However, conventional cotton remains much more popular, with more than 17 billion tons sold per year, compared to 2 million tons for organic cotton. But hey, there's still work to do.
Question 2 | Less pollution certainly, but is it really better?
It is important to emphasize that organic cotton does not grow easily, and its production is not feasible everywhere..! You will find certified organic cotton in 22 countries, however, you should know that nearly 90% of world production comes from the 5 leading producing countries: India, China, Kyrgyzstan, Turkey and Tajikistan . In other words, nothing very local, and therefore, a cotton that makes many trips to come and dress you. It's not very eco-friendly but what can we do better?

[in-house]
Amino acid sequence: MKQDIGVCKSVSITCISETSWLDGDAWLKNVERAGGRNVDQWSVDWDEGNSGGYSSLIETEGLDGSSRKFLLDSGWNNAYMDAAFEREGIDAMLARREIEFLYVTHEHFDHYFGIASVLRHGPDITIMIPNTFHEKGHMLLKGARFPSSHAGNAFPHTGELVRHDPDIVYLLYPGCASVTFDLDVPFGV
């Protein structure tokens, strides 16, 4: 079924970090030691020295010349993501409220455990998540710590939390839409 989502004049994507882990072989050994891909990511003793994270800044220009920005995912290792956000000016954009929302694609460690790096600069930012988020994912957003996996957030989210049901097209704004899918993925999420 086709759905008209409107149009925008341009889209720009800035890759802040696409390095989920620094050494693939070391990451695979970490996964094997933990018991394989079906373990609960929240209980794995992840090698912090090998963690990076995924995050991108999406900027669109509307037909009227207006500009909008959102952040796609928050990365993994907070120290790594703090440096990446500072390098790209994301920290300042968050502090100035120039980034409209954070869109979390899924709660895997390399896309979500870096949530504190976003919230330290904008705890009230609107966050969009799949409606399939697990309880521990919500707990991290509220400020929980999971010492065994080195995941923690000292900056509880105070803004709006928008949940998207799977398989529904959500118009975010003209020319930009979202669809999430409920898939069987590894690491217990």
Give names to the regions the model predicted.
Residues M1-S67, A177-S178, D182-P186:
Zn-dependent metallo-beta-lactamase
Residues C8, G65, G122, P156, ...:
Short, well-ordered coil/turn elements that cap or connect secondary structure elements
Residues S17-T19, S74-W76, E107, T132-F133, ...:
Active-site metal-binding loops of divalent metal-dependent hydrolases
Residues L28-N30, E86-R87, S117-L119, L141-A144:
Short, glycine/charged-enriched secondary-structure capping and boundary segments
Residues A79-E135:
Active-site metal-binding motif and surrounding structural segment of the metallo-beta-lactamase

Unfortunately, we have not found the magic answer to this question, because today it is still the best alternative to conventional cotton. Making the transition from one to the other is a good step for the planet.
We have good news however for our American friends! If there is no production of organic cotton in Europe, there is in the United States, and almost 5,000 tons in total (3% of the total production of organic cotton), it is therefore possible for companies of American textiles to source locally.
Question 3 | "I think it's too expensive, why such a high price?"
We're like you, and we're not going to lie to each other, we don't want to spend 1/3 of our income on fashion items, even if they're made of super soft cotton. We're not going to lie to each other, consuming responsibly is often synonymous with "breaking the bank", but in fact if we look at it more closely, not that much. I would even say that it is mainly consuming differently.